Why Are Workers Unhappy, With Only 5.0% Unemployed? Almost 5 Million Have ?Opted Out? of the Labor Force

Payroll employment peaked in December, and according to numbers released today had declined by 260,000 jobs as of April. (Source: BLS.) Since we have not yet seen a single negative number on GDP growth, this job loss is easily the most tangible statistical evidence we have so far that the much-heralded recession indeed may have […]

Payroll employment peaked in December, and according to numbers released today had declined by 260,000 jobs as of April. (Source: BLS.) Since we have not yet seen a single negative number on GDP growth, this job loss is easily the most tangible statistical evidence we have so far that the much-heralded recession indeed may have started in the first quarter of 2008.

It has been noted that the unemployment rate started out from a low level — averaging 4.6 % in 2007 — so that even after a period of gradual increase, it remains relatively low by historical standards: 5.0% in April. This is still inside the range that has usually been considered by politicians as too low to generate serious discontent (and by central bankers as too low to put downward pressure on wages and prices). But why, then, is there so much popular dissatisfaction with the economy?

One answer is the old “discouraged worker” effect. Workers who stop looking for a job are not counted in the labor force, and so are not counted as unemployed. There is an obvious way to capture this phenomenon. Compare employment to the entire population, rather than only to those who are actively in the work force. The chart does that. (These figures include farm jobs, as in the standard BLS employment ratio.)

Ratio of US Employment to Population

The path of the employment/population ratio during the current decade has been remarkable. The steep slide in jobs that began with the 2001 recession continued thereafter, and actually accelerated in late 2002. Finally the freefall leveled out. (The Bush Administration trumpeted the turnabout in terms similar to those it now uses to sell the aftermath of the troop surge in Iraq: the response to an unacceptable casualty rate was to make things worse for a half-year, and thereafter to compare the post-surge rate of casualties to the high-point, rather than to the period that came before.)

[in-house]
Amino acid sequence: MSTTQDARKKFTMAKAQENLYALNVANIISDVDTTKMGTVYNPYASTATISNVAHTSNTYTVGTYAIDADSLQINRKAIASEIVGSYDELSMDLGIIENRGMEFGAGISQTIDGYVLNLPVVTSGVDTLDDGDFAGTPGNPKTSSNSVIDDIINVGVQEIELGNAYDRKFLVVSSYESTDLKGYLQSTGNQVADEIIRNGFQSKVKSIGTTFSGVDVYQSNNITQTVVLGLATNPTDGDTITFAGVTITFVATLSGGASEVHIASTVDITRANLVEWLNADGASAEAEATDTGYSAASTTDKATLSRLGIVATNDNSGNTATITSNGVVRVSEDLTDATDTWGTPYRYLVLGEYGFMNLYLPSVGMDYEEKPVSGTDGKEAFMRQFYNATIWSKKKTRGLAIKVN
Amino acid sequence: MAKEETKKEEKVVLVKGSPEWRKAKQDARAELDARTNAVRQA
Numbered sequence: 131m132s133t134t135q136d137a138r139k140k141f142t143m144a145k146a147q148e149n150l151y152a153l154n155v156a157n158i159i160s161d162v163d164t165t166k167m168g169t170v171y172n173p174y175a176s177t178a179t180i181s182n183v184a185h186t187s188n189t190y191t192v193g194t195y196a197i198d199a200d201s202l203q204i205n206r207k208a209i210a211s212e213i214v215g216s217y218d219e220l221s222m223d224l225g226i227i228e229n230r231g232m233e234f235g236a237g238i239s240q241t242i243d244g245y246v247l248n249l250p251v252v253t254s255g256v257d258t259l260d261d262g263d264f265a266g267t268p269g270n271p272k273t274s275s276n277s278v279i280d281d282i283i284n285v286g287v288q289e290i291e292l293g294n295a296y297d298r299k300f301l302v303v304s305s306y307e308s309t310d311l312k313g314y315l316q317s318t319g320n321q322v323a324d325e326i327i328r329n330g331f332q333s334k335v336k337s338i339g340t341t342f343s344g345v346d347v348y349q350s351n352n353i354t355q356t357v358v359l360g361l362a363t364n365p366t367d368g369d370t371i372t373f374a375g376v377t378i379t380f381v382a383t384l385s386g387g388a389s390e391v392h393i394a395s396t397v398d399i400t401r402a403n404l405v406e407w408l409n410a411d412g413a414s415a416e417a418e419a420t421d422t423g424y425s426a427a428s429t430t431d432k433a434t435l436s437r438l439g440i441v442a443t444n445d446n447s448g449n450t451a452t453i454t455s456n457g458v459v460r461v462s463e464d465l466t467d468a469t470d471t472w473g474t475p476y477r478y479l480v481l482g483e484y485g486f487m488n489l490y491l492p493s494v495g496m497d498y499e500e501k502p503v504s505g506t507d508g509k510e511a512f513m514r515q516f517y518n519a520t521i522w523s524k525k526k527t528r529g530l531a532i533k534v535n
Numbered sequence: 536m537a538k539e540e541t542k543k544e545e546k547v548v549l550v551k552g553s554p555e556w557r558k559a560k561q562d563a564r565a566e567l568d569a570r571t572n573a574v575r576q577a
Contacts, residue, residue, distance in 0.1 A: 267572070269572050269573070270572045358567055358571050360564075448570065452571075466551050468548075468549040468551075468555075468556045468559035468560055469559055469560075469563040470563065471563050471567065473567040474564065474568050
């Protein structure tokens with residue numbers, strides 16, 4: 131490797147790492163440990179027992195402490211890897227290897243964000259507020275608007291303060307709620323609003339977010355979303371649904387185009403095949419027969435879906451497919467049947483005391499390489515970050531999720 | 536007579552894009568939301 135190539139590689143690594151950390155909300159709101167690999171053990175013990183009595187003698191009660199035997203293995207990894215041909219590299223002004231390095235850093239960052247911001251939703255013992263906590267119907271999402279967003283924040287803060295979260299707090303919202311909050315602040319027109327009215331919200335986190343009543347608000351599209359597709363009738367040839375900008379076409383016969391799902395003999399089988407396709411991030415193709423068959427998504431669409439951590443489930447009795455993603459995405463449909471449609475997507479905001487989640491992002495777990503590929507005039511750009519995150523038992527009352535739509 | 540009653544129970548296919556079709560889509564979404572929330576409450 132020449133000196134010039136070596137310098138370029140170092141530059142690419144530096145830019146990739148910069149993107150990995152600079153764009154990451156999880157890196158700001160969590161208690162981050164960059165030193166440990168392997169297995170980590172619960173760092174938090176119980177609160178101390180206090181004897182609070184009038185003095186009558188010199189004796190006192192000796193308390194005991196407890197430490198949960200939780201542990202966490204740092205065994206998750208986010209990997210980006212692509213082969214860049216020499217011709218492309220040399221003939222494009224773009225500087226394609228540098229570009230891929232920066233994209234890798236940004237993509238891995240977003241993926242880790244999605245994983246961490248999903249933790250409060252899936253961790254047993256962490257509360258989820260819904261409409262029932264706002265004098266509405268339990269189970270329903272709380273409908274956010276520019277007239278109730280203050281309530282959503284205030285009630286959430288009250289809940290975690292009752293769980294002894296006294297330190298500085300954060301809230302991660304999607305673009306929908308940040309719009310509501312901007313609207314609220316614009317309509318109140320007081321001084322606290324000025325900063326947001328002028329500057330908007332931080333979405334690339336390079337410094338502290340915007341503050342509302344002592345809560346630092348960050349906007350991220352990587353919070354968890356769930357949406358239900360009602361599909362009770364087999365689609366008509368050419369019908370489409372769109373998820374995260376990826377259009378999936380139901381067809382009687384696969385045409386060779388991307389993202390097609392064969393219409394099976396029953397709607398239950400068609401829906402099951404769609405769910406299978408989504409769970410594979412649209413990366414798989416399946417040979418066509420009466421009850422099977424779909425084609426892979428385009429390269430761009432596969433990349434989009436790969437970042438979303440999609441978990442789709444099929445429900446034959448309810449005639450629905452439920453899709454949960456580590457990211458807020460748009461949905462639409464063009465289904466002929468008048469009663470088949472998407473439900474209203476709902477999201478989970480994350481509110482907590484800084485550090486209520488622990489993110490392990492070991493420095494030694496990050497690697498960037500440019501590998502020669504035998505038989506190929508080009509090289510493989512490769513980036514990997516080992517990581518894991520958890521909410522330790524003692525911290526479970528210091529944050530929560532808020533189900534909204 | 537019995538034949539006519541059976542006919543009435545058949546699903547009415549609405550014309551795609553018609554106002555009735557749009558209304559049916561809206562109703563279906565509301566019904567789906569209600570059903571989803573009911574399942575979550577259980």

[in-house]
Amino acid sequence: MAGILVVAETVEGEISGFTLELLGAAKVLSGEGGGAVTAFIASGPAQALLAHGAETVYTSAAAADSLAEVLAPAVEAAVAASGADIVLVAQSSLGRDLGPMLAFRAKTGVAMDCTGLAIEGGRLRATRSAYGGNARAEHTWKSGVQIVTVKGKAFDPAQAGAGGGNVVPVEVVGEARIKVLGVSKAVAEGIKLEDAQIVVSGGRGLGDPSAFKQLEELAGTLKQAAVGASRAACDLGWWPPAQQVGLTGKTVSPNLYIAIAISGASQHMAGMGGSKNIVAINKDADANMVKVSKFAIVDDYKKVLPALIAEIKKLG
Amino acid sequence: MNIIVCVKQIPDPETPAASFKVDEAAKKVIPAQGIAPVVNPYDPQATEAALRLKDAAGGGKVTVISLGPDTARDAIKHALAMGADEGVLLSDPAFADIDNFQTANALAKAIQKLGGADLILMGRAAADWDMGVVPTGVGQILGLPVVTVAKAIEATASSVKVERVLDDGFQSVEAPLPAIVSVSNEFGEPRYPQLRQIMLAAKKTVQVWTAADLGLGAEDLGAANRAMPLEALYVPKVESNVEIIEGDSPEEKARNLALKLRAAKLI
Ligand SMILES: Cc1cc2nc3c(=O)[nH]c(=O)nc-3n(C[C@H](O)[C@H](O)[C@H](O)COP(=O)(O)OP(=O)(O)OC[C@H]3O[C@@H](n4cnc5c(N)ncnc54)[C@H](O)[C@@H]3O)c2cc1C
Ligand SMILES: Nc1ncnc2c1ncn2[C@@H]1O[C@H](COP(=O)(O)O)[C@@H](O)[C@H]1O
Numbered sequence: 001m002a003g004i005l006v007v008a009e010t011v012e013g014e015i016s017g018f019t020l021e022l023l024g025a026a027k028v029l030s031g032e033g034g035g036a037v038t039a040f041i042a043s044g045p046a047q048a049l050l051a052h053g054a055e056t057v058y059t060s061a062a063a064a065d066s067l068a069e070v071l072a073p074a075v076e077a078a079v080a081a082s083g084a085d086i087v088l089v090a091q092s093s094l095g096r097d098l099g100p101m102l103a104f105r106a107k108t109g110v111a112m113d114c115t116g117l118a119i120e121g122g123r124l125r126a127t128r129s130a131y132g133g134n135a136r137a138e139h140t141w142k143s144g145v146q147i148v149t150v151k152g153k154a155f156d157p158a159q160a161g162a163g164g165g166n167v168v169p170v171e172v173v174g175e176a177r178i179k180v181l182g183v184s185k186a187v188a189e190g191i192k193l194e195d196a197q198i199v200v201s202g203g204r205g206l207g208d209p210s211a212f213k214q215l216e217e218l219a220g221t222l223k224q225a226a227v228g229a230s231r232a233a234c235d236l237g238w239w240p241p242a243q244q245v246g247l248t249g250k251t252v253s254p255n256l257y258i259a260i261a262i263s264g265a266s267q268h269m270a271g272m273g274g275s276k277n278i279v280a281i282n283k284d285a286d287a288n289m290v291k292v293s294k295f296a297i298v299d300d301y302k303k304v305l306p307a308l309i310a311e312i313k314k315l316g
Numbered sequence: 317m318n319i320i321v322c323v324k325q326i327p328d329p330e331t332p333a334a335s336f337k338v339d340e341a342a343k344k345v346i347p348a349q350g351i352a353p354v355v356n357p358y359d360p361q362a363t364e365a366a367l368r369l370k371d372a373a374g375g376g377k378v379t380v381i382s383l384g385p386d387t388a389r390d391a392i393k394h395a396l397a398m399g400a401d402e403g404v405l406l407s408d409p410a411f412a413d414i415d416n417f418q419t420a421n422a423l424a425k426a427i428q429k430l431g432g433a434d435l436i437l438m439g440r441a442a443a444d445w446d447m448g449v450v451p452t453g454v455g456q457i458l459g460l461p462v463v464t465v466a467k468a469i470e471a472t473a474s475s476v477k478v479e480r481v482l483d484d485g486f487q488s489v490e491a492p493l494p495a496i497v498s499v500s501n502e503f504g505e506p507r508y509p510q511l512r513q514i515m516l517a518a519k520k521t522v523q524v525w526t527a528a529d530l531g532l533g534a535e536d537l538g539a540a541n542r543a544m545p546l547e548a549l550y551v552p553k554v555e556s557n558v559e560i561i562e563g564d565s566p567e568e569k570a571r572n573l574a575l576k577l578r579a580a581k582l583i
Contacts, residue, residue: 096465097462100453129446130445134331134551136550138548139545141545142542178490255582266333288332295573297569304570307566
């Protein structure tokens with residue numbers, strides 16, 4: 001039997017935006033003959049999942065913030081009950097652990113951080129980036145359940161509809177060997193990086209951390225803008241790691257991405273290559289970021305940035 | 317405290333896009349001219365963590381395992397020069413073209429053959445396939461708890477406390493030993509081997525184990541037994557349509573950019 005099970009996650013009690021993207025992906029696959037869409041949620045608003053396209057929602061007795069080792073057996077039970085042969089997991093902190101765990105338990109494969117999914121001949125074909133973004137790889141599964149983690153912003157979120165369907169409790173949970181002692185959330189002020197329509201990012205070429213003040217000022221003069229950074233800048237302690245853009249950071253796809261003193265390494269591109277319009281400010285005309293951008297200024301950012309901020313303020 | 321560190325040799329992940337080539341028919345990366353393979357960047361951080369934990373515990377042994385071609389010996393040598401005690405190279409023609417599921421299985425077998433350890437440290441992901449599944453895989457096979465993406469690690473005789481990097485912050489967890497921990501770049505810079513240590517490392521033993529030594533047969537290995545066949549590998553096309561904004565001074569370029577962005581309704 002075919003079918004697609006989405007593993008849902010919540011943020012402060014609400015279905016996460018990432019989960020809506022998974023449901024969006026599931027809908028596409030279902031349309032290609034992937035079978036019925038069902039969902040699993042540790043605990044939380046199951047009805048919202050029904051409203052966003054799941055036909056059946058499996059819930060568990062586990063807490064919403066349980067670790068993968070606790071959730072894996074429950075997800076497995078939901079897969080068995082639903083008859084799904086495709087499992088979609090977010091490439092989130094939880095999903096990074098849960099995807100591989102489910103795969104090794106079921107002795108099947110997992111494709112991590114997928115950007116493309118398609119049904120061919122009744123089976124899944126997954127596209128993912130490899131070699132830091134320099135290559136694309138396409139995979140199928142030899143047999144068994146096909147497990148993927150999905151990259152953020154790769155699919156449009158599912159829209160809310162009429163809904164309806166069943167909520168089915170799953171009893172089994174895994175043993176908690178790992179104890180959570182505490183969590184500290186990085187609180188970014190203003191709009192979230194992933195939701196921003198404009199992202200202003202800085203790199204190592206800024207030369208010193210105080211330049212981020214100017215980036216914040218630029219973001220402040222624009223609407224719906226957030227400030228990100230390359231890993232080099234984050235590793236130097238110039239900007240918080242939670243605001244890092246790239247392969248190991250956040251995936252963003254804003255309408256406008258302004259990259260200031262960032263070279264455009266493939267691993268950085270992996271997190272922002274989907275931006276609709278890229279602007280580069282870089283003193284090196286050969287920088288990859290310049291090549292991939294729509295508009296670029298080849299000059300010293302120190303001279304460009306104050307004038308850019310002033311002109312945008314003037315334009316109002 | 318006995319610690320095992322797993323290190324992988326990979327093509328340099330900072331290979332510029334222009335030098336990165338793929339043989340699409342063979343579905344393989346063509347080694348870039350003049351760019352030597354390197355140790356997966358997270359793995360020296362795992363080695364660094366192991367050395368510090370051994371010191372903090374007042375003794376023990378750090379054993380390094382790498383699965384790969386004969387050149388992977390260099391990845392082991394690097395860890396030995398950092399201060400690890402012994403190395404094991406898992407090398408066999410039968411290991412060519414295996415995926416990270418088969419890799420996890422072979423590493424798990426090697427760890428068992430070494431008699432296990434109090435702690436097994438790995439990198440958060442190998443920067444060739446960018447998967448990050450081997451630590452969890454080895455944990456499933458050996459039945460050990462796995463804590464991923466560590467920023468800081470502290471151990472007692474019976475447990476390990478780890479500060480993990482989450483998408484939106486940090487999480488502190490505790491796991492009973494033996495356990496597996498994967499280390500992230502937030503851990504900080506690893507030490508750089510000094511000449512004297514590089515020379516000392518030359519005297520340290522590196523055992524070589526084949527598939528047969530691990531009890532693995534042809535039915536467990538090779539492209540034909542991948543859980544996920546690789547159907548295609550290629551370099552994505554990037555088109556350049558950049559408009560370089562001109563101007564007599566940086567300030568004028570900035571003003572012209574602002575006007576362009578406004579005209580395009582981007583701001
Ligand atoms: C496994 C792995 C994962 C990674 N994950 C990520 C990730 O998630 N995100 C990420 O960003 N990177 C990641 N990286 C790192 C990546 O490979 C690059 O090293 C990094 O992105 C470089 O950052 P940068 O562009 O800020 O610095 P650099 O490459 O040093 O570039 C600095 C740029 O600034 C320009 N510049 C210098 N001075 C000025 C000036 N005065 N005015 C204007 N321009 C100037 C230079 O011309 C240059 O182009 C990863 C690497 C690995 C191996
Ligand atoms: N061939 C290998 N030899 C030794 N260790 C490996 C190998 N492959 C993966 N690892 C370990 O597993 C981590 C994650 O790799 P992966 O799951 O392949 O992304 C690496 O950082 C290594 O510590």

Employment did indeed rise between the years 2003 and 2007. But it barely stayed ahead of population growth. It did very little to make up for the decline equal to 2-3% of the population that had taken place during the first two years of the Bush Administration. The labor force participation rate normally rises in a boom, as good labor market conditions lure workers out of homes, schools and retirement. This is certainly what happened during the record expansion of 1992-2000. But it did not happen during the most recent expansion. To the contrary, the labor force participation rate was at a minimum in 2007, even though that year appears to have been the peak of the business cycle. As a result, employment as a share of the population was well below what it had been at the preceding business cycle peak year (2000). The fraction of Americans with jobs shows a decline from 64.7% to 62.6%, which translates into 4.9 million missing jobs ! Little wonder that, as employment once again starts to decline even in absolute terms, workers are unhappy.

Support the Free Trade Agreement with Colombia!

Nicholas Kristof’s column in the New York Times today, “Better Roses than Cocaine,” says it all.   There is no good reason for the US Congress to continue to hold up the free trade agreement that the Administration has negotiated with Colombia.   
Free trade with Colombia can’t have anything to do with loss of US jobs:   Colombia’s exports already enter the […]

Nicholas Kristof’s column in the New York Times today, “Better Roses than Cocaine,” says it all.   There is no good reason for the US Congress to continue to hold up the free trade agreement that the Administration has negotiated with Colombia.   

Free trade with Colombia can’t have anything to do with loss of US jobs:   Colombia’s exports already enter the US duty-free.   Rather, the Free Trade Agreement would reduce remaining Colombian barriers to imports from the US.    It could contribute (a bit) to a surge in US exports worldwide, which in turn could once again become the engine of US growth that it was in the 1990s.  

Nor would free trade with Colombia be bad for human rights in that violent country.   No government is perfect.   But the Uribe government offers the best hope of bringing some measure of peace, prosperity and justice to Colombia.   It is fighting against the guerillas and drugs.  It wants to give farmers some security, for example, so that they know they have an assured US export market in cut flowers to replace the risky business of growing coca for cocaine.   It deserves our support.